Friday, August 06, 2010

Ten most memorable literary last words

Terry Breverton is a former businessman, consultant and academic and now a full-time writer. He is the author of numerous books has been awarded the Welsh Books Council "Book of the Month" award five times. His new book is Immortal Last Words, "a fascinating, diverse collection of history's most uplifting, entertaining and thought-provoking dying remarks and final farewells."

From the Guardian's excerpt of Immortal Last Words, ten of the more memorable literary farewells:
VIRGINIA WOOLF 1882 – 1941
‘I feel certain that I'm going mad again …’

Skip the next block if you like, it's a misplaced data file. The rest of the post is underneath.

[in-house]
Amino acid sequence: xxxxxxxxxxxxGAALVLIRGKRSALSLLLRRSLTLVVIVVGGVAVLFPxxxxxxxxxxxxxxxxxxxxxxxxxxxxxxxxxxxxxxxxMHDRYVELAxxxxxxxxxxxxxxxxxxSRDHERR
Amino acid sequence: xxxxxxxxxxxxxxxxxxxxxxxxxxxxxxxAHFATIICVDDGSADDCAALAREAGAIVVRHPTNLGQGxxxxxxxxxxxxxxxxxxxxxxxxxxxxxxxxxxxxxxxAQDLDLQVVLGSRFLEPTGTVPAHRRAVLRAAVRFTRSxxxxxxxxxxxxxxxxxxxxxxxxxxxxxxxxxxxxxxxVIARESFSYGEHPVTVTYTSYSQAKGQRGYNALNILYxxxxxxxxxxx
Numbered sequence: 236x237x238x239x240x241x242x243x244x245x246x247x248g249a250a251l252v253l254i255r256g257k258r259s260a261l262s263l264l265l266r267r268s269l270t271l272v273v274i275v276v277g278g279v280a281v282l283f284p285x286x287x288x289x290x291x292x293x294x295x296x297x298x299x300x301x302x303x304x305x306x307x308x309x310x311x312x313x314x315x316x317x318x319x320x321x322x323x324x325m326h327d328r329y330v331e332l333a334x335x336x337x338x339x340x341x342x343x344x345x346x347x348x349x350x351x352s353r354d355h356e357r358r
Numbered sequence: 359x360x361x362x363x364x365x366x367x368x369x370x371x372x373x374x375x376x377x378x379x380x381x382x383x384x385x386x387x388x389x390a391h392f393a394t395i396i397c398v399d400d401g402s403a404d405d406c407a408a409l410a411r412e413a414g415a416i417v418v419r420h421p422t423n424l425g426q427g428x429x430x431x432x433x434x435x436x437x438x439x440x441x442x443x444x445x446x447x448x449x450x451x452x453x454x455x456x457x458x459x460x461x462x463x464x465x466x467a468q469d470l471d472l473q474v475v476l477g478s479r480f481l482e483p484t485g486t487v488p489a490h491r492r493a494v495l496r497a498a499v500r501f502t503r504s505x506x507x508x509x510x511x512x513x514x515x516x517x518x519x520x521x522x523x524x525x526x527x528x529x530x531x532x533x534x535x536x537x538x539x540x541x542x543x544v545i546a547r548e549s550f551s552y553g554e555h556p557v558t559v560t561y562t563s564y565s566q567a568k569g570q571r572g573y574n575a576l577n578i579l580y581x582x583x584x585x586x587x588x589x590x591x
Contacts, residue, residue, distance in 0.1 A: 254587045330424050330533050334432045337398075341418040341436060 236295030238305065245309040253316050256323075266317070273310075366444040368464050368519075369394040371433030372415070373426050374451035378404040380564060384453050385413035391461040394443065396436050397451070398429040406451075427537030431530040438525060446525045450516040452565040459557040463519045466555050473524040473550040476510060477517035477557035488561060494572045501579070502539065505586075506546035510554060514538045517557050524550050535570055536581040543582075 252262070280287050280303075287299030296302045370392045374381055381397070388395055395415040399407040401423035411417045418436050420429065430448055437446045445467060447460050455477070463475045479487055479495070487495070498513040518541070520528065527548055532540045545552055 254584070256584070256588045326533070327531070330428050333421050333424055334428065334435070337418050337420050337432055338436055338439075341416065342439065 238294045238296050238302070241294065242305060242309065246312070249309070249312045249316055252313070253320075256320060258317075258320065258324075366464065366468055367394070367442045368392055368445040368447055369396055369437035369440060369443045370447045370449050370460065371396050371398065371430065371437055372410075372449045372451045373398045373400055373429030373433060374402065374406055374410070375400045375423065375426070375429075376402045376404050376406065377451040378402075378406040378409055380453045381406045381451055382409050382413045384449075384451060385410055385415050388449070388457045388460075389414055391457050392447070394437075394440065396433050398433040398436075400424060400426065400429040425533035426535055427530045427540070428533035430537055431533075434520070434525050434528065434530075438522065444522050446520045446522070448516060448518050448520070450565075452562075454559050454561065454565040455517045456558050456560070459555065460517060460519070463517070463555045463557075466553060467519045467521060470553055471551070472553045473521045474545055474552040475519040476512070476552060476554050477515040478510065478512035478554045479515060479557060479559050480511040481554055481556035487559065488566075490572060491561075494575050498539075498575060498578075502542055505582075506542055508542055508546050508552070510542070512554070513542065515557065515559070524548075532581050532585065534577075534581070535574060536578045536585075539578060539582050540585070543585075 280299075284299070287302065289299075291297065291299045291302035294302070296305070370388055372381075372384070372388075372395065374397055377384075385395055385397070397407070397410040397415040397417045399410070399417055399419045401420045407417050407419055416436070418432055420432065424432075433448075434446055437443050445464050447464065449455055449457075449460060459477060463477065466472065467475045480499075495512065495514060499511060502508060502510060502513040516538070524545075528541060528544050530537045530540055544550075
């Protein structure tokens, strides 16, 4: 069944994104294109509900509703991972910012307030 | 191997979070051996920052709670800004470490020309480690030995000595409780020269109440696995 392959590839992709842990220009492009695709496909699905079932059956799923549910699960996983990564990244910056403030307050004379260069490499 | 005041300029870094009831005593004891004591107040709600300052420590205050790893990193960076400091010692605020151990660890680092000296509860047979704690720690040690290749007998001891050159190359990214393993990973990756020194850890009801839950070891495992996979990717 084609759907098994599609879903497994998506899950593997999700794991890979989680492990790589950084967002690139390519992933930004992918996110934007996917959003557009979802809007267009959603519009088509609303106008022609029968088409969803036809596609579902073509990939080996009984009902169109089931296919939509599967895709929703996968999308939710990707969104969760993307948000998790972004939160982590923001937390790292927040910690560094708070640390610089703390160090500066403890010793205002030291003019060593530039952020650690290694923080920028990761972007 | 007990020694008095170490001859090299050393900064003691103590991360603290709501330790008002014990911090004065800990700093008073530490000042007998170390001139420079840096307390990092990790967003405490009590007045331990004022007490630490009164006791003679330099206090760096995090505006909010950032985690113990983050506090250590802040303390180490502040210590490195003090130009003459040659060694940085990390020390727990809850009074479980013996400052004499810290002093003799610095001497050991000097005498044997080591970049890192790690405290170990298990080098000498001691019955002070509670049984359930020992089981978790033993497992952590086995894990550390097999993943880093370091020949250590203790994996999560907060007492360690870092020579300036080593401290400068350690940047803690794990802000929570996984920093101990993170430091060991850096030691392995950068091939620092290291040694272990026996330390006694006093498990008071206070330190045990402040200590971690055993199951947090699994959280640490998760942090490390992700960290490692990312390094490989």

Fearing that she was on the brink of the latest in a series of breakdowns, Woolf committed suicide by loading her pockets full of stones and wading into the River Ouse. Her suicide note told her husband that she would rather die than endure another such episode. ‘I feel certain that I am going mad again. I feel we can't go through another of those terrible times. And I shan't recover this time. I begin to hear voices, and I can't concentrate. So I am doing what seems the best thing to do ... I can't go on spoiling your life any longer. I don't think two people could have been happier than we have been. V’
Read about another literary farewell.

Also see: Best last lines from novels.

--Marshal Zeringue